Jalen Carey talks final three schools, decision timeline | Zagsblog
Recent Posts
About ZagsBlog
Adam Zagoria covers basketball at all levels. He is the author of two books and an award-winning journalist whose articles have appeared in ESPN The Magazine, SLAM, Sheridan Hoops, Sports Illustrated, Basketball Times and in newspapers nationwide.
Follow Zags on Twitter
Couldn't connect with Twitter
Contact Zags
Connect with Zags:
Monday / May 20.
  • Jalen Carey talks final three schools, decision timeline

    Share Zagsblog Share Zagsblog
    MONTCLAIR, N.J. — There has been a whirlwind of activity surrounding Jalen Carey this week.

    The 6-foot-4, 175-pound point guard from the NJ Playaz and Montclair (N.J.) Immaculate Conception finished up his official visit to Syracuse last weekend. Then this week he had home visits with Syracuse coach Jim Boeheim, UConn’s Kevin Ollie and Miami’s Jim Larranaga. On Friday morning, both Boeheim and Ollie were guest speakers at the Garden State Basketball Clinic at his high school.

    “I’m still just trying to see what’s the best school for me, so I’m taking it all in,” Carey told me Friday in the gym at his high school. “It’s getting a little bit stressful, but I’m managing to take it in. My mom and my dad and my coaches are helping me out.”

    Carey, ranked the No. 11 point guard in the Class of 2018 by 247Sports.com, is eyeing a specific decision date next month.

    “I was thinking about committing on my birthday, Oct. 11th,” he said. “I spoke with my principal about it, she said we could set up something here, like a school day.”

    After originally listing six schools, Carey is now focusing on three, with Kansas, Villanova and Rutgers effectively out of the mix.

    “I’m mainly focused on these three schools [Miami, Syracuse and UConn], it’s been a long process,” Carey said. “I think now it’s just time to focus on these three schools and make a decision by next month.”

    He broke down his final three schools:

    Syracuse: “They think I can come in and play right away, put the ball in my hands and make plays for others. They feel I can be a big part of their program, they see they need a guard badly so they I feel I can come in and fill that guard spot right away.”

    Carey is basically the only guard the Orange are recruiting in 2018.

    “That makes me feel special, knowing that they’re not willing to take any chances,” he said.  “They know I’m the only option, they have all their faith in me. That’s something really special.”

    Boeheim has done well with New Jersey guards in recent years, including Tyler Ennis (St. Benedict’s Prep, Malachi Richardson (Trenton Catholic) and Tyus Battle (St. Joe’s).

    “I spoke with Tyus a little bit at Nike Skills Academy,” Carey said. “I know Tyler Ennis went there, they talked to me a lot about him. I know a lot of other guards went there, Dion Waiters, and how they feel I’m the same or better as some of those guys and how they would help me.”


    Miami: “Miami is the same as Syracuse’s message, they feel I can come in and play right away. They feel like they can develop me into that NBA player that they think I can be. And just hearing that from them is something special as well.”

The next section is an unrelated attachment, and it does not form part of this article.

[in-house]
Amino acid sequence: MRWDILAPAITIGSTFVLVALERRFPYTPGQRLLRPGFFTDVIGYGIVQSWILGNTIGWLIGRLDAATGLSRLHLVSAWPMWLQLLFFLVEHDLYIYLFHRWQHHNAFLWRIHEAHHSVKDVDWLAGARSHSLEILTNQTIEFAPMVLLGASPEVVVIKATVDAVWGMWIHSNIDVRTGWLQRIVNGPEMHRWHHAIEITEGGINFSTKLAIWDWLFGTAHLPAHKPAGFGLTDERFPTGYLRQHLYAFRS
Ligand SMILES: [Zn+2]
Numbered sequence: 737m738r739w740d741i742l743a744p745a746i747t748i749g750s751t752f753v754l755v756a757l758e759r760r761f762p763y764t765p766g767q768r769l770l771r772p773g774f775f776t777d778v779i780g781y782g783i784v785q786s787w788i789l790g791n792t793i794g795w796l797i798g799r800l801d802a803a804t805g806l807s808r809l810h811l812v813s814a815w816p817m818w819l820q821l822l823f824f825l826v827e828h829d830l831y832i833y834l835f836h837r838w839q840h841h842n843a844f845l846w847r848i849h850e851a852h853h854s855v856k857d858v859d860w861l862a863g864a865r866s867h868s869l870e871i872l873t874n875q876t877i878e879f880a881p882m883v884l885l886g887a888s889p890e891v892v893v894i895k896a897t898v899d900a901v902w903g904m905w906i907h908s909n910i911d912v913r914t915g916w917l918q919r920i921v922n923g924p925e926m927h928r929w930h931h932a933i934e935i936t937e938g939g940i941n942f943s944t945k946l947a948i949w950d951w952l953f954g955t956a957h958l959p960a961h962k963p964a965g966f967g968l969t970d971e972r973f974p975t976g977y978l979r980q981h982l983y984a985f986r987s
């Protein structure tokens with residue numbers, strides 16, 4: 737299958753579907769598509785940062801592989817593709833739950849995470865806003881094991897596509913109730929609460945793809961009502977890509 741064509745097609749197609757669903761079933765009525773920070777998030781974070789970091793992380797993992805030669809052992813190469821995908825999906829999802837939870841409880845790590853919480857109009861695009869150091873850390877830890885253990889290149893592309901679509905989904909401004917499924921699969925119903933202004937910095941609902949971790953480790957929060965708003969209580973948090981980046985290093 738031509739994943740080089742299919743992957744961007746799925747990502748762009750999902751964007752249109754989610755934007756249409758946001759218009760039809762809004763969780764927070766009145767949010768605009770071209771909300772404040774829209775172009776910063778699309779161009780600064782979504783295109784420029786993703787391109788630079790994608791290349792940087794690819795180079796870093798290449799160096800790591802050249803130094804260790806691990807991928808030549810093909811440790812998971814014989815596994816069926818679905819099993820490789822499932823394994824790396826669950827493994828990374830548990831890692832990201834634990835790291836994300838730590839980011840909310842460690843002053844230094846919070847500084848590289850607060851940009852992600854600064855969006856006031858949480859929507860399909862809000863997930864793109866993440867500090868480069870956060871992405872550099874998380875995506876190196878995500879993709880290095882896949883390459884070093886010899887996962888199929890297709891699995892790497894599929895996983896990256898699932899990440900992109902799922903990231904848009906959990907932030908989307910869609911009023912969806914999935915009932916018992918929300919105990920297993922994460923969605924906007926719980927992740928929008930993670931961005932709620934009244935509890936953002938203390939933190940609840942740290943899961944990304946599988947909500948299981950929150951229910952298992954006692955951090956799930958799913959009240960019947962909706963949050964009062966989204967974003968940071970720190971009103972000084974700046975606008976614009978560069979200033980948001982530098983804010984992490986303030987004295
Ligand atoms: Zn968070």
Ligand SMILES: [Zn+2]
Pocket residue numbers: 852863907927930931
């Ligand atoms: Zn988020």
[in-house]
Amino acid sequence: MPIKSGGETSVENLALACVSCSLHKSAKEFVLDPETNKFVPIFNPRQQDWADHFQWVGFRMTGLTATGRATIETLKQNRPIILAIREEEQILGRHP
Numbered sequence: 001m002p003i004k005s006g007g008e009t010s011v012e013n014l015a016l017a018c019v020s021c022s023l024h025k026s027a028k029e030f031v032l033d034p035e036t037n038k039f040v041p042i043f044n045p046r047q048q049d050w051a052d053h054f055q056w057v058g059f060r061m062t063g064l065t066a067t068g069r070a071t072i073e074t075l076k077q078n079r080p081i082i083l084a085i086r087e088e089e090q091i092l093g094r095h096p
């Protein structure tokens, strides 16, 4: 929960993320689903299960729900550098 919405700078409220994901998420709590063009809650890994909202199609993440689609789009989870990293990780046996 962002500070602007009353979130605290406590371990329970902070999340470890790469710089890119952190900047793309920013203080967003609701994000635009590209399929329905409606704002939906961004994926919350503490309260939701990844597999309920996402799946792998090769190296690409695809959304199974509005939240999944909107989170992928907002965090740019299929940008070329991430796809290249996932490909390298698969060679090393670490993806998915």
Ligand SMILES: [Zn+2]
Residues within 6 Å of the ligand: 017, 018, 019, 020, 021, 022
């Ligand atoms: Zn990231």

The Hurricanes could lose Bruce Brown and Lonnie Walker to the NBA Draft.

    Ja’Quan Newton is a senior, too, so this could be his last year,” Carey said. “They’re just looking for guards to come in and take on their roles and do even more than what they did. They feel like I’m able to do that.”


    UConn: “They just signed a guard [James Akinjo] and they still feel like I’m a priority. They still feel like I can come in and do things that no other can do, so that’s good. I just spoke with ‘KO’ [Thursday] night, talked about the whole situation and stuff like that.

    “That’s how they always play, with multiple guards, multiple ball-handlers. And he feels like that’s their best way to win. He feels like if I come, I would be able to help their program as well, too.”


    Wherever Carey goes, his mother feels he cannot go wrong.

    “I know with everything going on here today, we’ll sit down later as a family and discuss it,” Tawana Alston said. “Everyone will give their input as to what they think and then of course he’s going to have the final decision as to where he’s going to go.”

    She added: “All three of the schools are great as far as basketball-wise. All three of them have great academic programs so it’s really hard to say which one stands out right now. And they’re all great programs, so whichever one he does pick, it can’t be a bad choice.”

    Ultimately, Carey hopes to play in the NBA.

    “Yeah, that’s my main goal,” he said. “That’s what I’m looking for in college, to help prepare me for that next level. Even if God forbid I get hurt, those four years in college will help me get prepared.”

    Written by

    [email protected]

    Adam Zagoria is a Basketball Insider who covers basketball at all levels. A contributor to The New York Times and SportsNet New York (SNY), he is also the author of two books and is an award-winning journalist and filmmaker. His articles have appeared in ESPN The Magazine, SLAM, Sheridan Hoops, Basketball Times and in newspapers nationwide. He also won an Emmy award for his work on the SNY mini-documentary on Syracuse guard Tyus Battle. A veteran Ultimate Frisbee player, he has competed in numerous National and World Championships and, perhaps more importantly, his teams won the Westchester Summer League (WSL) championships in 2011 and 2013. He lives in Manhattan with his wife and children.

  • } });